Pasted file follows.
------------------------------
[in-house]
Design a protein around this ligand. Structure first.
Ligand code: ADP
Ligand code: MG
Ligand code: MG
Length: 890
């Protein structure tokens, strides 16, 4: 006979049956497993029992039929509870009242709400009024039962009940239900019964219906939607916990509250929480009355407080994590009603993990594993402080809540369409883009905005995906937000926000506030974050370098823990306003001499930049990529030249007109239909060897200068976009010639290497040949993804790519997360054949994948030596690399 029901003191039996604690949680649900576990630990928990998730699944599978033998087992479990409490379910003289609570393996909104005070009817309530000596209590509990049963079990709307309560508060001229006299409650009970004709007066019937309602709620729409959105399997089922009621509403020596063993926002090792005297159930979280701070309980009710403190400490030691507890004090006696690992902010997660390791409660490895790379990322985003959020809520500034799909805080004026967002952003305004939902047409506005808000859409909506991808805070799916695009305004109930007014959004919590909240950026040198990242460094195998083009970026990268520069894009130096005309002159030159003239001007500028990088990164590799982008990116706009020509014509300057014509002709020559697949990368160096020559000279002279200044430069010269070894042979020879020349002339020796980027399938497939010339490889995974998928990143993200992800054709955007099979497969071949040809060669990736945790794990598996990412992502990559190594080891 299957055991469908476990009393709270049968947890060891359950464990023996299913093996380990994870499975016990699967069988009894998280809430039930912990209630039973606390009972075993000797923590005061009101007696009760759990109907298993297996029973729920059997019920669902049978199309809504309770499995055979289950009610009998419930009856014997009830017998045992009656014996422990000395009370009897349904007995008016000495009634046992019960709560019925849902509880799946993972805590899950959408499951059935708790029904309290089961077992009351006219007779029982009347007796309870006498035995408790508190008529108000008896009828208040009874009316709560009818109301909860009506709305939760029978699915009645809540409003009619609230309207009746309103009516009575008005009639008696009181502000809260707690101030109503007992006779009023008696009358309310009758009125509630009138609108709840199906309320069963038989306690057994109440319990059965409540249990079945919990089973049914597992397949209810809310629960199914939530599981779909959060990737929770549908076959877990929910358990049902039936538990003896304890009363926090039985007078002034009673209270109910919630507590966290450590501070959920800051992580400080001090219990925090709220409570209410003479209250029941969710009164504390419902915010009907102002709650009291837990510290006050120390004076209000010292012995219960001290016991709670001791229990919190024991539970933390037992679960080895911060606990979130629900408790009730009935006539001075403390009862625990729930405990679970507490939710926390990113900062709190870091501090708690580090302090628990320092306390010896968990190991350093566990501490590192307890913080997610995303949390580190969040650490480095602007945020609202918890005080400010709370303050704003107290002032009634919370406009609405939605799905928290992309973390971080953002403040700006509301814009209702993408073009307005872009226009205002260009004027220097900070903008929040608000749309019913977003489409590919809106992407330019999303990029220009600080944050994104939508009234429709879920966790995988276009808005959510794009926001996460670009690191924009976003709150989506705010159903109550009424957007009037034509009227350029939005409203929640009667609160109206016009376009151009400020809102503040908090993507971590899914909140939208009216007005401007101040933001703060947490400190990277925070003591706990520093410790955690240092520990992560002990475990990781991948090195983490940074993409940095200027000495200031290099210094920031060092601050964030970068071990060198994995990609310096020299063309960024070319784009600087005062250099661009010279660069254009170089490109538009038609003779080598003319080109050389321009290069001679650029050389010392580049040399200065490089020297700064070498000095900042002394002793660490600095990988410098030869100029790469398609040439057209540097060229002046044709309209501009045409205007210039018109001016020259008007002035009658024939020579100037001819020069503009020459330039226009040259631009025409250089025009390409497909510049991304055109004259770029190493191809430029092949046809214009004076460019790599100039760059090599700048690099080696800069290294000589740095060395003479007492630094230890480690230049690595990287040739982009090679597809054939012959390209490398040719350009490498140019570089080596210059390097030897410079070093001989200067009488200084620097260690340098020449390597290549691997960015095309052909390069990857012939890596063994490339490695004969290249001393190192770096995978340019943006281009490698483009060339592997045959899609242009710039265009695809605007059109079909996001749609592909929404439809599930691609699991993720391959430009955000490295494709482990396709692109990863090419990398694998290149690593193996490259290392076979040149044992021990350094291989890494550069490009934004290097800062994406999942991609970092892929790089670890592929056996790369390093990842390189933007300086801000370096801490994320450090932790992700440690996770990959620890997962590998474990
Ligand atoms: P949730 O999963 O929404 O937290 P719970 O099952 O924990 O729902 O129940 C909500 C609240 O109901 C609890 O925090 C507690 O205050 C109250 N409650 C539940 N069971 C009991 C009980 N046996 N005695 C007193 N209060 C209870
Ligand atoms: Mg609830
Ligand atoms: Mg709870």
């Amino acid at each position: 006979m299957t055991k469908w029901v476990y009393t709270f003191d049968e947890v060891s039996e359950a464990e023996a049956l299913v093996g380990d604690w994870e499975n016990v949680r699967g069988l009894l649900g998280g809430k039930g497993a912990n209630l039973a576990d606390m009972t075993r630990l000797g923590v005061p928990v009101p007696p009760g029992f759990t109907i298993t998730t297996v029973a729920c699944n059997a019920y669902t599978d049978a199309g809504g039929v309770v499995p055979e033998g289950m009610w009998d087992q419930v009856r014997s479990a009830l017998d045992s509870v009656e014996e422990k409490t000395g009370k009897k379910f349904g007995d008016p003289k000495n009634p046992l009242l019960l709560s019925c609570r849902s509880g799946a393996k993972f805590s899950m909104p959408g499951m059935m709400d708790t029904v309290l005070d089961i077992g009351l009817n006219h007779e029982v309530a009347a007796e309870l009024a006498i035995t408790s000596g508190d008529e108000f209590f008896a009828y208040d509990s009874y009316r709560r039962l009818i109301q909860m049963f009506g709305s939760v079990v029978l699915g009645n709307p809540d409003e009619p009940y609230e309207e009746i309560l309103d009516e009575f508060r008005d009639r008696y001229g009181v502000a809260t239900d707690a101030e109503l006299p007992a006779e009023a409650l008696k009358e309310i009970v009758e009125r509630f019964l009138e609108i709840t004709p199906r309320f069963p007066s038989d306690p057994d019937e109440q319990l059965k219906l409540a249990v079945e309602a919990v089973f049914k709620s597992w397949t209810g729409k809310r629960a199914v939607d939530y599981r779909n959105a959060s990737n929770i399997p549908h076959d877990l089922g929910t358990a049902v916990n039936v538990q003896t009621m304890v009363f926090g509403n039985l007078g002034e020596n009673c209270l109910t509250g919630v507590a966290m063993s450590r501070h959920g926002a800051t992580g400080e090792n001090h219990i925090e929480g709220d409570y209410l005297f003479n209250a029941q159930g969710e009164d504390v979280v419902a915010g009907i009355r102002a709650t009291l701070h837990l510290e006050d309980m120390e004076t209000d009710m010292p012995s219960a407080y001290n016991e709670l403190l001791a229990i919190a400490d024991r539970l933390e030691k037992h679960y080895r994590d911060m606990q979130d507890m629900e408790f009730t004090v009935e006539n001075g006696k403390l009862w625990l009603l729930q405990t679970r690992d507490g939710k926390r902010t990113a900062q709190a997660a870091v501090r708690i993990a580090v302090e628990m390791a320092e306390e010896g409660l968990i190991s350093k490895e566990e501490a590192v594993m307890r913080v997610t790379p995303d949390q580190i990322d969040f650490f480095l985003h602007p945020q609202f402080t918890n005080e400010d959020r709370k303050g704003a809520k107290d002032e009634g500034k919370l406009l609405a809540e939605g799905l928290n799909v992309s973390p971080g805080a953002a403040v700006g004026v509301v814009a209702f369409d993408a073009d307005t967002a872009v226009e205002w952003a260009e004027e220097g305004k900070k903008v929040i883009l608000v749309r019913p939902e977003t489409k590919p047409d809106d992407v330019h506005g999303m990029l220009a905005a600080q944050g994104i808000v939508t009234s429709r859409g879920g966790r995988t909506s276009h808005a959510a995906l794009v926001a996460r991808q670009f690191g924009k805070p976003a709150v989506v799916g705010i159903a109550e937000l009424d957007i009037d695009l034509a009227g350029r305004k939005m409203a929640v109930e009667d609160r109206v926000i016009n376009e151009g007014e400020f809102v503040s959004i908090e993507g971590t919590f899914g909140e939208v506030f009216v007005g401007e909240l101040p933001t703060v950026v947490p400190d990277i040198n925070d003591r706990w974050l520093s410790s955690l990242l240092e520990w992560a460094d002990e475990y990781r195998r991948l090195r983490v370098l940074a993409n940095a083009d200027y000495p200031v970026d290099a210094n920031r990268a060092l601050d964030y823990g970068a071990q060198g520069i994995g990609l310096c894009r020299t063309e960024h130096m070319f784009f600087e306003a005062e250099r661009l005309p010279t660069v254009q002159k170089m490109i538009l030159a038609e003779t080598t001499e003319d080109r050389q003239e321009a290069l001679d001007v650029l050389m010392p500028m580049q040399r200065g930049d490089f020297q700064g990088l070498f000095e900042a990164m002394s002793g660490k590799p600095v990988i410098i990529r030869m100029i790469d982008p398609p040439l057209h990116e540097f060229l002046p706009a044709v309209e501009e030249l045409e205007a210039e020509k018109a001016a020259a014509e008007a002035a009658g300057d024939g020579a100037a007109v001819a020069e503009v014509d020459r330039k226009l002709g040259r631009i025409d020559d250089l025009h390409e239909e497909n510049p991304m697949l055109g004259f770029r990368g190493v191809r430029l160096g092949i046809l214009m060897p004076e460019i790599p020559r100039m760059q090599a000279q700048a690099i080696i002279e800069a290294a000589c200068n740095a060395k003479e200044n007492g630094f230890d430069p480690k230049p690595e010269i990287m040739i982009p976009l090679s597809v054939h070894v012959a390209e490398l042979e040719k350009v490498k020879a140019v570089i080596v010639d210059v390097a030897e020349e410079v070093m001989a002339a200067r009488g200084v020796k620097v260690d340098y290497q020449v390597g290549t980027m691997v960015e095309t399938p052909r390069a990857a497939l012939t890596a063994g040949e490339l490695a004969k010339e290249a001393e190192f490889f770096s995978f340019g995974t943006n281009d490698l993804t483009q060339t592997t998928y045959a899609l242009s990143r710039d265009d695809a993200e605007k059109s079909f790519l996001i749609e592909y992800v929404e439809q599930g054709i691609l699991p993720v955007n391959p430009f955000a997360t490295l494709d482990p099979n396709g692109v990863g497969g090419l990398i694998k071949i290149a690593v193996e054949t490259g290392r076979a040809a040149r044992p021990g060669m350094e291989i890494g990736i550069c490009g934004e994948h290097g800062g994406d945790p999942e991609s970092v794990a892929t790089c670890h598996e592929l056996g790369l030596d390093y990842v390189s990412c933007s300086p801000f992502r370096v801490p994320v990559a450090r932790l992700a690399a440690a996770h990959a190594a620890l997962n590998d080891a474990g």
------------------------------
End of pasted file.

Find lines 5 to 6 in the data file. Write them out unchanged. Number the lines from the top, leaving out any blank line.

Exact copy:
Ligand code: MG
Length: 890